Hopefully the "illegal record manipulations" part becomes the major media story here. That may be the only way this can't be spun by right-wing media outlets as a noble effort derailed by crooked hippie baby-killing protestors.
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stripeypants



Joined: 24 Feb 2013
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Location: Land of the Grumpuses

PostPosted: Wed Jun 26, 2013 5:00 pm    Post subject: Reply with quote

I'm expecting Rachel Maddow, Chris Hayes and Melissa Harris Parry to be all over it. Dunno about anyone else.
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WheelsOfConfusion



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PostPosted: Wed Jun 26, 2013 5:17 pm    Post subject: Reply with quote

stripeypants wrote:
I'm expecting Rachel Maddow, Chris Hayes and Melissa Harris Parry to be all over it. Dunno about anyone else.

At least this will be something to bring up at the next Texas Board of Education meeting where they try to re-determine that history wasn't so liberal after all.
"Hey you guys speaking historical revisionism, remember that time the GOP in the senate tried to literally re-write the history of this vote?"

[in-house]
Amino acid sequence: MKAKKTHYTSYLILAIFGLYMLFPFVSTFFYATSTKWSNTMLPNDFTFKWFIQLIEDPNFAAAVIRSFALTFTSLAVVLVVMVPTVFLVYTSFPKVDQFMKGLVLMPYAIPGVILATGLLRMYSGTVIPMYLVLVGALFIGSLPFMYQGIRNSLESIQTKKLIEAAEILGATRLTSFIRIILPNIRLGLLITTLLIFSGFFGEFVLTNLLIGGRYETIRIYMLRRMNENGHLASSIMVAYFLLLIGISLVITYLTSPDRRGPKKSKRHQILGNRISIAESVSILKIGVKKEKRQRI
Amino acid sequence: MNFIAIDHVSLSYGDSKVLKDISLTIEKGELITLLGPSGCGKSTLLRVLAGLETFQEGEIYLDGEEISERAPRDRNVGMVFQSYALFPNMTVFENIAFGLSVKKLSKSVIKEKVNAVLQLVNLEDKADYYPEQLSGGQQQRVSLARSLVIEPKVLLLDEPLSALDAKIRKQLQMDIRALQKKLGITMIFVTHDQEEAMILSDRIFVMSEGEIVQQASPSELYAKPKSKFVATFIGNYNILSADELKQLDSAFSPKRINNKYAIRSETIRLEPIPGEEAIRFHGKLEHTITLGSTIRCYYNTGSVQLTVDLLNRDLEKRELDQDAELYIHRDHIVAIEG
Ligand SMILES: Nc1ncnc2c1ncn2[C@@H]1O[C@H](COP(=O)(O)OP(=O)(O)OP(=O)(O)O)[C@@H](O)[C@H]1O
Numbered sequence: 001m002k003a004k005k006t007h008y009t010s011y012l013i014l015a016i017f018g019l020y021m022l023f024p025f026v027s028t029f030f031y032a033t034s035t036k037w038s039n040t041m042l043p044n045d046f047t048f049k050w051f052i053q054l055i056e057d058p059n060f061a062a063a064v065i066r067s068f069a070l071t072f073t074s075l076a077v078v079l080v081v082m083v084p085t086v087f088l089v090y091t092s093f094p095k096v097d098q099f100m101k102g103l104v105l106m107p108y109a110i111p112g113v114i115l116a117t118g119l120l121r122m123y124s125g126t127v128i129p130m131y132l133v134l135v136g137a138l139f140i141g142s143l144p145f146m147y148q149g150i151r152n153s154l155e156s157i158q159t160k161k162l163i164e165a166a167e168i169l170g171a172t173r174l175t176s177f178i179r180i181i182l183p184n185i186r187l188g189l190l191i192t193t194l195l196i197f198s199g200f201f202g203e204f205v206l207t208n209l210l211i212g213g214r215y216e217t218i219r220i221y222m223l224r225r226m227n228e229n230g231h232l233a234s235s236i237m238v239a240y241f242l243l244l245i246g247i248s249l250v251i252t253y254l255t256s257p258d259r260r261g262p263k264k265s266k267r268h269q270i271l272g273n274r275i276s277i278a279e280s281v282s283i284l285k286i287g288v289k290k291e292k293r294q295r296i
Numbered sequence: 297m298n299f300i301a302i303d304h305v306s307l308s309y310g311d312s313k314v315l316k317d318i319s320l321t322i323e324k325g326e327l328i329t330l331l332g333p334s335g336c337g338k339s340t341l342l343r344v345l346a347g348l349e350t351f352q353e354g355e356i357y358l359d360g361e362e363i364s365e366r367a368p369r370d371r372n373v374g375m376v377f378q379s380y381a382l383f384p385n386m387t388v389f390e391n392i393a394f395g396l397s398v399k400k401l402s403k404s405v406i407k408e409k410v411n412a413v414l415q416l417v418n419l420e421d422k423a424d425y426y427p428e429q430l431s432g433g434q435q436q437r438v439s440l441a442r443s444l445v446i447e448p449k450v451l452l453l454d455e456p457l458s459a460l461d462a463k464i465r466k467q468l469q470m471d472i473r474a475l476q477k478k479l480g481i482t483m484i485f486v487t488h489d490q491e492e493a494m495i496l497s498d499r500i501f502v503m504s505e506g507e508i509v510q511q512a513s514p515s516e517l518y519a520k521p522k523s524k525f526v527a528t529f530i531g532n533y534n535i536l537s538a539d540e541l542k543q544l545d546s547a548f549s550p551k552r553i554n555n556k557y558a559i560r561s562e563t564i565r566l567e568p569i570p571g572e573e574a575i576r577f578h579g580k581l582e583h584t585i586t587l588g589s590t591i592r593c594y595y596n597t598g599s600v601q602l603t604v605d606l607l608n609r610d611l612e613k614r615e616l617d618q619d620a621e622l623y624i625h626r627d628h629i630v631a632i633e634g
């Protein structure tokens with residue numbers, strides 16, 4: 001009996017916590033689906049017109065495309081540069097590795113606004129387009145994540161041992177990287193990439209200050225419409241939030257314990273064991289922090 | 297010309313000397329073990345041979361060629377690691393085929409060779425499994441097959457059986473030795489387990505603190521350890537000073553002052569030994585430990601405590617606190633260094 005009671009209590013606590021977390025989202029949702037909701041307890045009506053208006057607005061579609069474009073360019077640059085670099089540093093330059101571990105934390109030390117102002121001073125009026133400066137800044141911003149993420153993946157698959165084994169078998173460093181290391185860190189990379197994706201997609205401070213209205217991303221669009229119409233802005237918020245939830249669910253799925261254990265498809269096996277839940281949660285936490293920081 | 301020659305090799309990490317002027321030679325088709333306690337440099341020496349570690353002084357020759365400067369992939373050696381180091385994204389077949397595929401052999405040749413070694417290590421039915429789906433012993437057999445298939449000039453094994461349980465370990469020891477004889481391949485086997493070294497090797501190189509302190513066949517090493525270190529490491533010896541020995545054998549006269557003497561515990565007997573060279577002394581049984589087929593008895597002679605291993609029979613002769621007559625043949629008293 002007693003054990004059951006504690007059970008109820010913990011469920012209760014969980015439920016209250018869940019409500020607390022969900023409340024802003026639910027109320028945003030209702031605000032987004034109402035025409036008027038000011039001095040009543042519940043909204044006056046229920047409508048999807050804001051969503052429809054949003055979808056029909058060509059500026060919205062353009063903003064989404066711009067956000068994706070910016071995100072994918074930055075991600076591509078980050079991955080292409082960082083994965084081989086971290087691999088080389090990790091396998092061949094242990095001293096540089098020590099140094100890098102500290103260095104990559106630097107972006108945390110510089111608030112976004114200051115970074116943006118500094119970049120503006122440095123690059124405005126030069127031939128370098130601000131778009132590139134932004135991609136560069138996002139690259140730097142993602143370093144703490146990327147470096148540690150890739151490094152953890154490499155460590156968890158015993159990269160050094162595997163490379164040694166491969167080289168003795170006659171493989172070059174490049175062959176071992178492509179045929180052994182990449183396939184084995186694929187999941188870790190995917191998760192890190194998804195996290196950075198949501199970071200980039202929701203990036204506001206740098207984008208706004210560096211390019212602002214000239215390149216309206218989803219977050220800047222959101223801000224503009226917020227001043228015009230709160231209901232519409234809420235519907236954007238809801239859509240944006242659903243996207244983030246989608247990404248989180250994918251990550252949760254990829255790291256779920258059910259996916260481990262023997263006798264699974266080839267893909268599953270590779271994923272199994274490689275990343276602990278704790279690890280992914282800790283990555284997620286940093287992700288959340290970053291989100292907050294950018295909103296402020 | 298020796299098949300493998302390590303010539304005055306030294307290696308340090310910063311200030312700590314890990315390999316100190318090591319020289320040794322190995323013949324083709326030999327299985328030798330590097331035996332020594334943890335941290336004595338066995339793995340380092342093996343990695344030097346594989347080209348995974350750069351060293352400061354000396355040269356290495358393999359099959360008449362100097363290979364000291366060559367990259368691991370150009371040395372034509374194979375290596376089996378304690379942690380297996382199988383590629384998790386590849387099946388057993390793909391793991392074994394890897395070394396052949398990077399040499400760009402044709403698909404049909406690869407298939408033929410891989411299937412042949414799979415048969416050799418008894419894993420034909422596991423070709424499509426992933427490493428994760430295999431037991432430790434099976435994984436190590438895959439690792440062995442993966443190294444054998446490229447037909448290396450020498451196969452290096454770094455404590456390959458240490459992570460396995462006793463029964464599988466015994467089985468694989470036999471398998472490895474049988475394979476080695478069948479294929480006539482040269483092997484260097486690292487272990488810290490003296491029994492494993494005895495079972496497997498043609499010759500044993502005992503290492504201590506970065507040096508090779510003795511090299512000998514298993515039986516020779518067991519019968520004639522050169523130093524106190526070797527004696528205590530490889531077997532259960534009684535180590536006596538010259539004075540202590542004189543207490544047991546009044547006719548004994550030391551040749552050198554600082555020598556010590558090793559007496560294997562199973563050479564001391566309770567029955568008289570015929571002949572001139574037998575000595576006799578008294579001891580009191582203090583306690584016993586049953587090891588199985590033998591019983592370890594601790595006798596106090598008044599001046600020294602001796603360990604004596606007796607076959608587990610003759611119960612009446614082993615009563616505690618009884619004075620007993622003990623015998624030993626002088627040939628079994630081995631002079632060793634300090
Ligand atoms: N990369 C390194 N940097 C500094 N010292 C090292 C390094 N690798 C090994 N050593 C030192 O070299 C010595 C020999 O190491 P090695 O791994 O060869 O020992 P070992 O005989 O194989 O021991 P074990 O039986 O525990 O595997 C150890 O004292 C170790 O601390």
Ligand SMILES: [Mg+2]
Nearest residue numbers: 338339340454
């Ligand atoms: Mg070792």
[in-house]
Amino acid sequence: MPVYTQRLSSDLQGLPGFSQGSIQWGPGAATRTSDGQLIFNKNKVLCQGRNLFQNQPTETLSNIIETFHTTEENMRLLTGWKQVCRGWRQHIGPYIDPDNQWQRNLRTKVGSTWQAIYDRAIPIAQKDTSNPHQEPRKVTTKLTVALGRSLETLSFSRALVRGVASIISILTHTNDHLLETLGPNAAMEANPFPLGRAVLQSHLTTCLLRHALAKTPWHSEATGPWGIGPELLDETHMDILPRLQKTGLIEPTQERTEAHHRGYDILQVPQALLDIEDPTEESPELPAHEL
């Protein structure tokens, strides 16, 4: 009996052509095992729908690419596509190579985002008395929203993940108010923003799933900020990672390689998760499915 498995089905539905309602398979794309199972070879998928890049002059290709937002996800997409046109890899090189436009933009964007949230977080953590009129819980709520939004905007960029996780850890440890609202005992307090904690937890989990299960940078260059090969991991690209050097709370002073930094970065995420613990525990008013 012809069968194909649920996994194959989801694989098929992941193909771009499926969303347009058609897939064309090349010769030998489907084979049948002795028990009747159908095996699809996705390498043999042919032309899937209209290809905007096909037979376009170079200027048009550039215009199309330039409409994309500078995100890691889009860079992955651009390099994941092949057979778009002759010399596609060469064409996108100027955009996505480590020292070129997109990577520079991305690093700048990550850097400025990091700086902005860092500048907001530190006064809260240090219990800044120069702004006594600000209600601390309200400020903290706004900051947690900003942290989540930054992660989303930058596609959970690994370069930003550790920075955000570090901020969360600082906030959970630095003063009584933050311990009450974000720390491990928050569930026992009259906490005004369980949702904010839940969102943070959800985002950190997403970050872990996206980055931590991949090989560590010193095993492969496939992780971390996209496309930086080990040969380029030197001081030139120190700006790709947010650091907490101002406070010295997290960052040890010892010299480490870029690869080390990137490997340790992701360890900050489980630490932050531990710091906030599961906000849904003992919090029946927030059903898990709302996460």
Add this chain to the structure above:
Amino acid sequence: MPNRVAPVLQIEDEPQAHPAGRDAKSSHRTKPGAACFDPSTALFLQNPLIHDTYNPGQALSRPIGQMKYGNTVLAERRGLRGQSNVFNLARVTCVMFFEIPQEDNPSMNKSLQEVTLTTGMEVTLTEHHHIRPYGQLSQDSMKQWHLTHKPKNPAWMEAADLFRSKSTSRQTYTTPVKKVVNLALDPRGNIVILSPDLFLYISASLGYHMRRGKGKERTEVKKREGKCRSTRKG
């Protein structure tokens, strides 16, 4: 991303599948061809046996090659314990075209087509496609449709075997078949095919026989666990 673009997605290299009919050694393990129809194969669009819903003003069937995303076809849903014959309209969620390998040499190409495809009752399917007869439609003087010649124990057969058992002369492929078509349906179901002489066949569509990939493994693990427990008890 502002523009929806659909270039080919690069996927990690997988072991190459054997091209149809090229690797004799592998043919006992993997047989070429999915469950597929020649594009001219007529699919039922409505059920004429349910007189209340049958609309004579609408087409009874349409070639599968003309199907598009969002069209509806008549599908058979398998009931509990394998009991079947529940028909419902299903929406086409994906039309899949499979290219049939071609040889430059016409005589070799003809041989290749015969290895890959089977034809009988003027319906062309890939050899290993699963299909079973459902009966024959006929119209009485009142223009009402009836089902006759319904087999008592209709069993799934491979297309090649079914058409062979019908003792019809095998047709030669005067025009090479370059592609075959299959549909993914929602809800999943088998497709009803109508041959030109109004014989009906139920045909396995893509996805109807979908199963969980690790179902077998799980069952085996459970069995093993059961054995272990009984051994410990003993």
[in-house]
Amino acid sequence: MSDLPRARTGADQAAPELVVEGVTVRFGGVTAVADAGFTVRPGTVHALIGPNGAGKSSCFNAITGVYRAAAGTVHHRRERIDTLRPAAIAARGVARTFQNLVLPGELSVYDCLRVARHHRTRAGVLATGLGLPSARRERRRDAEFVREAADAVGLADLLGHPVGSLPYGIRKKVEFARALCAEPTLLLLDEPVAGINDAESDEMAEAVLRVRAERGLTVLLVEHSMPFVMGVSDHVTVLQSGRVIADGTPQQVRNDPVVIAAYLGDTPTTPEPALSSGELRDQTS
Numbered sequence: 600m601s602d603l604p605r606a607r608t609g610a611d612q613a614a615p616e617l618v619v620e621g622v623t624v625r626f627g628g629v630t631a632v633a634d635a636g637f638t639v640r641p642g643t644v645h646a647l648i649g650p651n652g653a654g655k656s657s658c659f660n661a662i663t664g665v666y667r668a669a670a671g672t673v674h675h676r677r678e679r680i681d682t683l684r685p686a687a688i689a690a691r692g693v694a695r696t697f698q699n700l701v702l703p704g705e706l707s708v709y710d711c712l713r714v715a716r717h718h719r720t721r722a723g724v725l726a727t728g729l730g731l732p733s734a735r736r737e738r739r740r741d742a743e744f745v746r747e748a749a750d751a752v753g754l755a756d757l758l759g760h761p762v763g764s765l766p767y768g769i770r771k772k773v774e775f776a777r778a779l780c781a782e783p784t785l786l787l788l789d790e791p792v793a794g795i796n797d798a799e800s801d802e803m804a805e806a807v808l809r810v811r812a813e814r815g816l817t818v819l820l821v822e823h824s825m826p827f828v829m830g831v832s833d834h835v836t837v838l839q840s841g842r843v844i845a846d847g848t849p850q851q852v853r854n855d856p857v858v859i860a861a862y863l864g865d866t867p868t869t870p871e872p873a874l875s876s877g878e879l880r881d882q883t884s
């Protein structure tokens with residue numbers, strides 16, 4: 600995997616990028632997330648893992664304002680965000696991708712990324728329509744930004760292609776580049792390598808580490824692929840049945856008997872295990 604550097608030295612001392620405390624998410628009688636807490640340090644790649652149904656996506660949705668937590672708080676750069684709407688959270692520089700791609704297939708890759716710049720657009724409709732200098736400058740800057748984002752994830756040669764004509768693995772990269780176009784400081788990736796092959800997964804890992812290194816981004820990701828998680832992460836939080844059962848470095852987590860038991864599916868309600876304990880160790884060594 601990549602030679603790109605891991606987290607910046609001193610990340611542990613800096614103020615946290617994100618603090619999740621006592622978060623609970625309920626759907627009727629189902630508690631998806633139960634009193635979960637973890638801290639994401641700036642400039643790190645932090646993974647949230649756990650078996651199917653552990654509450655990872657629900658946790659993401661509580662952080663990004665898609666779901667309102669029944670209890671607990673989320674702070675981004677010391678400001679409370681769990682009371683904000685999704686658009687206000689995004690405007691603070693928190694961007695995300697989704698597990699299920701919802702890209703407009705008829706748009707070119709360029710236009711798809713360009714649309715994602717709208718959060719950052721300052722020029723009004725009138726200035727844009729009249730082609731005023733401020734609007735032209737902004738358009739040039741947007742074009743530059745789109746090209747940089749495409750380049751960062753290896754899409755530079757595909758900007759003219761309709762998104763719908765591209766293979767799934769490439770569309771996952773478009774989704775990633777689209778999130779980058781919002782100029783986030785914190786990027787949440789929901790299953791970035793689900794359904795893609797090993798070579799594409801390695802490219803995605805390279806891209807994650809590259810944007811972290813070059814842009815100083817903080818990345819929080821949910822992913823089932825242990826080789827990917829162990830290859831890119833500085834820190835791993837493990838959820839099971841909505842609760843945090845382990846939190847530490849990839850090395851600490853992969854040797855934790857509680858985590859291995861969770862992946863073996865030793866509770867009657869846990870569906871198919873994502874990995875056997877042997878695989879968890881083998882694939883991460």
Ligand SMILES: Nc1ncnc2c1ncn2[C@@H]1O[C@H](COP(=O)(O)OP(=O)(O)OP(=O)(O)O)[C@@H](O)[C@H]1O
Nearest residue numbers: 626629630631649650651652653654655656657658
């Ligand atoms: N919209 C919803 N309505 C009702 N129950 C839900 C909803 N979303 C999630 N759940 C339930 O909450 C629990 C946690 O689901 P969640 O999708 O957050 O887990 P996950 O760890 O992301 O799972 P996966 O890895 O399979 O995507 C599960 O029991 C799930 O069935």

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stripeypants



Joined: 24 Feb 2013
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Location: Land of the Grumpuses

PostPosted: Wed Jun 26, 2013 5:30 pm    Post subject: Reply with quote

I bet they won't talk about it there.

Hey Sam, what do you think will come up to replace the GOP? Because I'm assuming (and hoping) it's not just gonna be Democrats forever. I was rather looking forward to the idea of at least two parties to vote from when I grew up, and am quite disappointed.
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mouse



Joined: 10 Jul 2006
Posts: 17176
Location: under the bed

PostPosted: Wed Jun 26, 2013 9:51 pm    Post subject: Reply with quote

well, there are some divisions in the democratic party. there are a lot of pretty conservative democrats, who are irritating the more progressive wing of the party (look, for example, about the things that were said when harry reid failed to end the fillibuster). ultimately those will probably split, with the main-line republicans joining up with conservative democrats. and the tea-party republicans will hang on as their own tiny party, with the john birchers and whatever george wallace's party was. but hopefully they will be sufficiently weakened to be no more than a fringe, and the regular people can go back to doing things like compromising and getting useful bills passed and maybe even listening to the voters every now and again.